September 1st marks the beginning of National Hydrocephalus Awareness Month.
You many or may not know that Hydrocephalus is one of the many things that preemies can face.
Hydrocephalus is essentially means "water on the brain" but it is so much more then that. It is typically caused by a brain bleed (or intraventricular hemorrhage) or an abnormality of the brain or skull which blows the flow of fluid. Cerebrospinal fluid can then build up surrounding the brain or spinal cord. This build up can create pressure and cause brain damage.
In the NICU babies are typically monitored by measuring the circumference of their head, ultrasounds of their brain and even brain MRI's. Any rapid increase in growth would be cause for alarm and would result in taking a closer look (via ultrasound and MRI). A less serious case would be monitored but more severe cases requires surgery, where a tube (ventriculoperional shunt or VP shunt) would be placed to drain the fluid from the brain into the abdomen. In other small cases it can also be treated via a spinal tap or in an emergent situation until surgery can occur.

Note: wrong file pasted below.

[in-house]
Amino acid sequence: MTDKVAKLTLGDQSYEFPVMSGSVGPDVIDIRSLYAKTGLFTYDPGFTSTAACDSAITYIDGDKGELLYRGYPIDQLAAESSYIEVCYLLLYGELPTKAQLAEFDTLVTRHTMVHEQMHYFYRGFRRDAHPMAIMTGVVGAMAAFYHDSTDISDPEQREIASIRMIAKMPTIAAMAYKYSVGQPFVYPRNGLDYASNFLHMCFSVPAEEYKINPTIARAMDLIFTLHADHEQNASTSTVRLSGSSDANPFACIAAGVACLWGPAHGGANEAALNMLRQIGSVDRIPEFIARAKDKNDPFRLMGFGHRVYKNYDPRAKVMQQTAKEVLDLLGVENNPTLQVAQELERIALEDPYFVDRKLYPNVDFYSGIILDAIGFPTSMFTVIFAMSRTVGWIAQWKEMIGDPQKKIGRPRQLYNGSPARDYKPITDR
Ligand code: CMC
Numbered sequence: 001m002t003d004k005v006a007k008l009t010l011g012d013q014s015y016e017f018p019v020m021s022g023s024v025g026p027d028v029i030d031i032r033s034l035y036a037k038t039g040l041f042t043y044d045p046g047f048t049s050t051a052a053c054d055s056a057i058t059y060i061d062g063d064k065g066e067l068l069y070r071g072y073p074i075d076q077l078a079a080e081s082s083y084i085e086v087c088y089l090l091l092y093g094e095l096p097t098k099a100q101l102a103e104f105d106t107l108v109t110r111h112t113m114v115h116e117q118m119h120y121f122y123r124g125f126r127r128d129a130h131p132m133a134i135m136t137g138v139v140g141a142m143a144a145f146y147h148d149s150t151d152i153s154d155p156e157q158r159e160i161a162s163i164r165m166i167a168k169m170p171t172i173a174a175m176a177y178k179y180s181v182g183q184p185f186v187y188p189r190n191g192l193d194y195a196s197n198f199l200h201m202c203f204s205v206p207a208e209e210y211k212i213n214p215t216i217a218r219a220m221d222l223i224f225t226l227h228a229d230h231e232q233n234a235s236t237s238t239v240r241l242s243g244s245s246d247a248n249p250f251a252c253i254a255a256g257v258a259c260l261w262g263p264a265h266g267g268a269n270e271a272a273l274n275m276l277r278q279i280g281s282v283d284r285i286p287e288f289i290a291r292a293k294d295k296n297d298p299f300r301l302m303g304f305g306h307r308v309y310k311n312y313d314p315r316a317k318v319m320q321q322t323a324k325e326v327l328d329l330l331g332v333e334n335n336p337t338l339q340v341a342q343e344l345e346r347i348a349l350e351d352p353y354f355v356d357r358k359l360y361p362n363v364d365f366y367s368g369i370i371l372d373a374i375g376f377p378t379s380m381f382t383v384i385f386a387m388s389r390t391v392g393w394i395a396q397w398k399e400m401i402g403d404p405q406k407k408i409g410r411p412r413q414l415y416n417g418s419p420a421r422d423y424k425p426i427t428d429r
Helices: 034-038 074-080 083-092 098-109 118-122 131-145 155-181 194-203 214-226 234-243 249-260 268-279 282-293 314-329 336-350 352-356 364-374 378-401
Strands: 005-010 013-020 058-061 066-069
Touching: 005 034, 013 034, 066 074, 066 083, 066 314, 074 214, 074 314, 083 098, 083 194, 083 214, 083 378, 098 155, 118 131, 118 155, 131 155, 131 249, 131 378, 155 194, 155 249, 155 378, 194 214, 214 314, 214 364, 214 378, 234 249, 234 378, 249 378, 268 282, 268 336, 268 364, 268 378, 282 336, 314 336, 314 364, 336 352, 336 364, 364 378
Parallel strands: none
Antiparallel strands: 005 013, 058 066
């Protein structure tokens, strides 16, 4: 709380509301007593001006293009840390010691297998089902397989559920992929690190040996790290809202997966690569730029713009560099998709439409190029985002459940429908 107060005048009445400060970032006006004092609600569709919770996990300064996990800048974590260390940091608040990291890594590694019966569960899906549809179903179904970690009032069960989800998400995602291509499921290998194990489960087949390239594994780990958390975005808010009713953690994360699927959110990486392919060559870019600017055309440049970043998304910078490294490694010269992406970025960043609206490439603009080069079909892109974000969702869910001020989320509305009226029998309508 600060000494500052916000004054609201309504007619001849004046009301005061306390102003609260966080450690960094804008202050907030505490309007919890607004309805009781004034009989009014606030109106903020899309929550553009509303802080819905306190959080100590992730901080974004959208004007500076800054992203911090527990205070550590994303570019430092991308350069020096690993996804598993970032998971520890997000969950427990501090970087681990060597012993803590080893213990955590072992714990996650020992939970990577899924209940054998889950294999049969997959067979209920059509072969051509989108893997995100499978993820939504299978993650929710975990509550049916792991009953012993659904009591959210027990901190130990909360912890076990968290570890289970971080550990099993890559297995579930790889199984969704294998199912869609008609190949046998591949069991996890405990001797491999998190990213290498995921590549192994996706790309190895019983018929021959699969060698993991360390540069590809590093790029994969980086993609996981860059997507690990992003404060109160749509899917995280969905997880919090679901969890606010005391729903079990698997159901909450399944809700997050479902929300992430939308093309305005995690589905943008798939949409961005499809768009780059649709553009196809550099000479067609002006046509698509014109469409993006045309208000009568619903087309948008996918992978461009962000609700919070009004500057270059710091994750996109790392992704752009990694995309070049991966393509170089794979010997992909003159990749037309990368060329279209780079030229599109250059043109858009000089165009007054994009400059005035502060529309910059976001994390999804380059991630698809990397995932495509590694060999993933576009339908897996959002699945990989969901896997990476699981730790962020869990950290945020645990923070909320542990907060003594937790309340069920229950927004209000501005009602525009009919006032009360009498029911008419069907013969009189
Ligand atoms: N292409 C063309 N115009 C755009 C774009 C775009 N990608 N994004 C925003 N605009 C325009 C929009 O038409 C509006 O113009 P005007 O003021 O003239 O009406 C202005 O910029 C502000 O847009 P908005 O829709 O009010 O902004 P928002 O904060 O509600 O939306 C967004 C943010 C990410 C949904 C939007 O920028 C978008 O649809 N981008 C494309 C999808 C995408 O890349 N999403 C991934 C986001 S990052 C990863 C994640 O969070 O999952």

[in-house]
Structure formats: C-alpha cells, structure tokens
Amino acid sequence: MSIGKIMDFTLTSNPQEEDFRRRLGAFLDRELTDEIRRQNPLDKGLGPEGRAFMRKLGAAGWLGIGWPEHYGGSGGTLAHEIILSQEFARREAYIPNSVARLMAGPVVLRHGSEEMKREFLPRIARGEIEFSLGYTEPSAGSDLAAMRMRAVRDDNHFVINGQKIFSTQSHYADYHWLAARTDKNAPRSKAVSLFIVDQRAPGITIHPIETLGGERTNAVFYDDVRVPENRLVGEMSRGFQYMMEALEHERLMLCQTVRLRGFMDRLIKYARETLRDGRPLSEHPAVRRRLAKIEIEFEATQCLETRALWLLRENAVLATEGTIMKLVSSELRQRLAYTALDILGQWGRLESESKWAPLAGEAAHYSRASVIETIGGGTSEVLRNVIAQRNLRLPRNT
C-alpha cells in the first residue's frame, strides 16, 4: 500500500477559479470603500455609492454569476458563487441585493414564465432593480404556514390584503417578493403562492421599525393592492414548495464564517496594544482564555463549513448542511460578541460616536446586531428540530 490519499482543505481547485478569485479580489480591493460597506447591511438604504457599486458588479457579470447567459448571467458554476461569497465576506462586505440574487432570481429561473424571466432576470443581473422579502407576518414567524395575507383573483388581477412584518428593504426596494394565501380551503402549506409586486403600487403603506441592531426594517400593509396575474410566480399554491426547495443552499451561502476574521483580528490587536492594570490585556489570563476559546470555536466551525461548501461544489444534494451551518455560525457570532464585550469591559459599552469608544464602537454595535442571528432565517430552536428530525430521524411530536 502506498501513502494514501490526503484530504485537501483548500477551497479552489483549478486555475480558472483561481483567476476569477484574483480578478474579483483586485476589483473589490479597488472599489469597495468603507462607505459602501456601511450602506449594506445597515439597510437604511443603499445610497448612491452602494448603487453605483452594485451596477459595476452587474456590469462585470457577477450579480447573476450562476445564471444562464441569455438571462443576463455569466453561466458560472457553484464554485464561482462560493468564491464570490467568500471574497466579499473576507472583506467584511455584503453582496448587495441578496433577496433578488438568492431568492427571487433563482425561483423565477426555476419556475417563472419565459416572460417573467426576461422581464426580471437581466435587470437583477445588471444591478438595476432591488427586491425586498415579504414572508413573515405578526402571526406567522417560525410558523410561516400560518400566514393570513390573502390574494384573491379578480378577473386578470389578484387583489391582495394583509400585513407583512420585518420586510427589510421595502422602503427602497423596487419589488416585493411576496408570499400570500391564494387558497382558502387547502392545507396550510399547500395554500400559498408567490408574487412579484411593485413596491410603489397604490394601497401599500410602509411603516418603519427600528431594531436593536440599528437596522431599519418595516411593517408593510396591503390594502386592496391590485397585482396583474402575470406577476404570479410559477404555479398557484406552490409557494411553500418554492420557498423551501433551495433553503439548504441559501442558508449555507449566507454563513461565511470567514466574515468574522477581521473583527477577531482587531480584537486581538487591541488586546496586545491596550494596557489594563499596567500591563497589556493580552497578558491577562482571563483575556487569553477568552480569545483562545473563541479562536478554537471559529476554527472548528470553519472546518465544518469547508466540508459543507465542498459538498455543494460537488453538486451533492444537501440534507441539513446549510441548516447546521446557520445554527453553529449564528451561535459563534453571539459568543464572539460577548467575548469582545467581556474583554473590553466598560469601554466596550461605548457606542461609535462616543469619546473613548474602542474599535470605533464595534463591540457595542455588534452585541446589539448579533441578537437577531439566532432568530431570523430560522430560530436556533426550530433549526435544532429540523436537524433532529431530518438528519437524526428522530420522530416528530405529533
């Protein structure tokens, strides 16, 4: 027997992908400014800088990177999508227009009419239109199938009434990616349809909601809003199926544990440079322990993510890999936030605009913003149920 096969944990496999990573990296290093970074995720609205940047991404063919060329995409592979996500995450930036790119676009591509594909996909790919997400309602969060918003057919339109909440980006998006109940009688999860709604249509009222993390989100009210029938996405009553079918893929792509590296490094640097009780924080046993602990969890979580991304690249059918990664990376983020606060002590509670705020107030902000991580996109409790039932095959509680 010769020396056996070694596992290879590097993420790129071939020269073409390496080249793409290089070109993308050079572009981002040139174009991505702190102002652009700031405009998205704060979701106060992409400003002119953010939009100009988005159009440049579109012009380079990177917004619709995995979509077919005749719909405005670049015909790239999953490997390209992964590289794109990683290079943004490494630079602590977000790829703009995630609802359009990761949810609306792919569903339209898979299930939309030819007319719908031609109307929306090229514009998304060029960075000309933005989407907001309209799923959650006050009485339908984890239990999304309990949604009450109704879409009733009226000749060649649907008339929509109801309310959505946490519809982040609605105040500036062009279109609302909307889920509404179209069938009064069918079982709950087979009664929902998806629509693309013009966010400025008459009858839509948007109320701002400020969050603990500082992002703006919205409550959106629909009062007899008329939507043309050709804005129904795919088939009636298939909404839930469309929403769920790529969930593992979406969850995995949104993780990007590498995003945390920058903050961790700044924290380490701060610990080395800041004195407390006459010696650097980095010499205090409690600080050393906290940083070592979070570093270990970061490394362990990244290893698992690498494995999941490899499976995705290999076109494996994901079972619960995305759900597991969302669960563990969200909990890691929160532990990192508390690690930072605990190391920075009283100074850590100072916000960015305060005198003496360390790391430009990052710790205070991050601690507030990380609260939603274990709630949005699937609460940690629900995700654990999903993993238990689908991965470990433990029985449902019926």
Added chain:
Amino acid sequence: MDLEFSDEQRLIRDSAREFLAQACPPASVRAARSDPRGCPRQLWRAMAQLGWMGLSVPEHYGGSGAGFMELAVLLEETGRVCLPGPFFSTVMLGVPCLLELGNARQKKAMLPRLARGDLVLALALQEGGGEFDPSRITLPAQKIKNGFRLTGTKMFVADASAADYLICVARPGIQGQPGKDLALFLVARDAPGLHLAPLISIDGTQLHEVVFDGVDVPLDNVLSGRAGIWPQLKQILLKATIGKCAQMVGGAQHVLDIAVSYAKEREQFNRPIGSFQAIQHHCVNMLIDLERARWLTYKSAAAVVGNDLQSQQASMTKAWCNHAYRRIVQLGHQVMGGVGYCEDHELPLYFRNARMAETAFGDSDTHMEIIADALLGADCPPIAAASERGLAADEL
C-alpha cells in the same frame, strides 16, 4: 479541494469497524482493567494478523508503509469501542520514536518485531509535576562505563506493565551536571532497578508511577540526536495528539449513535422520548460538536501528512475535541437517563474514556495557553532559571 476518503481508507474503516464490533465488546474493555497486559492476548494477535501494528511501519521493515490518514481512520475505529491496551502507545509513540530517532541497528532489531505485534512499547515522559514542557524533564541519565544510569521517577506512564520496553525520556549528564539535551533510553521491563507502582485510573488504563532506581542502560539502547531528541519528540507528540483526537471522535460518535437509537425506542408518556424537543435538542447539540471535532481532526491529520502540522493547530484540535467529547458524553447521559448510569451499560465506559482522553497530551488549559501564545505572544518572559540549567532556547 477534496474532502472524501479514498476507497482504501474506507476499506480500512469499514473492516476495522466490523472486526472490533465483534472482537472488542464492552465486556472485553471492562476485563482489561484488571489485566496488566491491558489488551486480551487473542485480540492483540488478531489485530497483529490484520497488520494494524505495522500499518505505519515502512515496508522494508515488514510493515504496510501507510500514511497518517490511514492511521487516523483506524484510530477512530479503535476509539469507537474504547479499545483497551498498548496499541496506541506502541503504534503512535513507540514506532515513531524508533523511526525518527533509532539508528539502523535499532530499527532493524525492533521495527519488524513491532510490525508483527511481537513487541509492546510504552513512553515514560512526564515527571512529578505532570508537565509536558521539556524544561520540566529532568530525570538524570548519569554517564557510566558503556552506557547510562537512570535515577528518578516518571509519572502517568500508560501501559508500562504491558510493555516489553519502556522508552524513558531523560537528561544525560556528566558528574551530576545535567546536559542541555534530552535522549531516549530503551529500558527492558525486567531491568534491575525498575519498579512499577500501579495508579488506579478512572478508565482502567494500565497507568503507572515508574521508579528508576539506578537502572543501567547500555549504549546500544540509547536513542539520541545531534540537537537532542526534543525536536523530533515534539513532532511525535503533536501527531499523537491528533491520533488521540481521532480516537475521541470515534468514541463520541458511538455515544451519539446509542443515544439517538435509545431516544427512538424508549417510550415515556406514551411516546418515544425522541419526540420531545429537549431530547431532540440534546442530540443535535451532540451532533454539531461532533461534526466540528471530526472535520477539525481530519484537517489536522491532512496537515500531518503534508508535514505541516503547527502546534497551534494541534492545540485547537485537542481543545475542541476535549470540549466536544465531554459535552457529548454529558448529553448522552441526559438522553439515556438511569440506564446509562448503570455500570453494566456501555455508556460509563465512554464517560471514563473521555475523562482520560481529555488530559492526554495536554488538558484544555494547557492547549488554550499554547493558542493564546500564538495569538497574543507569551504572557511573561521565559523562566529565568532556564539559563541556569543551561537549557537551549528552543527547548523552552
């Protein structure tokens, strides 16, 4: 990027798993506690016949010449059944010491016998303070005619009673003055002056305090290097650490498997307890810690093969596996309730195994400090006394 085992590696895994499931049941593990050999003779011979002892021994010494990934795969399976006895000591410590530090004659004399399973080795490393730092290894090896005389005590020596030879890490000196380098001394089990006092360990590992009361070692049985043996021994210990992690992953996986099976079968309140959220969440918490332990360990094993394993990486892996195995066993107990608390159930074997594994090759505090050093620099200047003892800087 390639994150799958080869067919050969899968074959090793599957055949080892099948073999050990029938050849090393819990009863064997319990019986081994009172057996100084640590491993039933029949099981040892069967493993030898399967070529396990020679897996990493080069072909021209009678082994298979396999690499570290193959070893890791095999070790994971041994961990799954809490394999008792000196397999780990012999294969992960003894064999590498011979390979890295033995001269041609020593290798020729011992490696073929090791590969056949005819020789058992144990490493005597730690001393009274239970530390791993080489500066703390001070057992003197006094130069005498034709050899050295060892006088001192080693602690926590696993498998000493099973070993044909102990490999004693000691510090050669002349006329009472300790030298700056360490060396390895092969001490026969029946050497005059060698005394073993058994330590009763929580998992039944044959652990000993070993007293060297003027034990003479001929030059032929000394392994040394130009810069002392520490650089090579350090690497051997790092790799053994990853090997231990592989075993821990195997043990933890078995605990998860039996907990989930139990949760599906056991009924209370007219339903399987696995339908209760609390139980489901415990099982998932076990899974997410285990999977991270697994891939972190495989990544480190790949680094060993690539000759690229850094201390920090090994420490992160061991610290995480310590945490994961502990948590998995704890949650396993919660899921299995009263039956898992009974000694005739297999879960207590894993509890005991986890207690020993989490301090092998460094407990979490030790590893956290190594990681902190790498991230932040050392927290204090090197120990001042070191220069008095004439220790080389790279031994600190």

I won't go into "what can happen" as it varies very greatly, but I will say it was not one of the things we faced head on. Addison had a bilateral grade III and IV bleed, but showed not ventricular swelling and her brain MRI at discharge showed both were resolving. Blake had a grade III bleed on one side and it was noted that there was a small about of ventricular swelling; it was stable throughout most of his stay, they consulted with a Neurosurgeon to confirm the "watch and wait" plan, and his brain MRI at discharge also showed no swelling and a resolving bleed.
I have however met other mom's who little one's who have been impacted by this diagnosis. It is for those people that I am doing my part to raise awareness. If you would like more information I suggest visiting Hydrocephalus Association.
I also want to share with you the blog of a Preemie Mom friend of mine, her preemie twins were diagnosed with Hydrocephalus and she has done an amazing job sharing their story. Follow their journey here http://hydrobabies.blogspot.com
(Special thanks to Joanna for allowing me to share her blog. Your boys are simply amazing and have a great set of parents to guide them through this life.)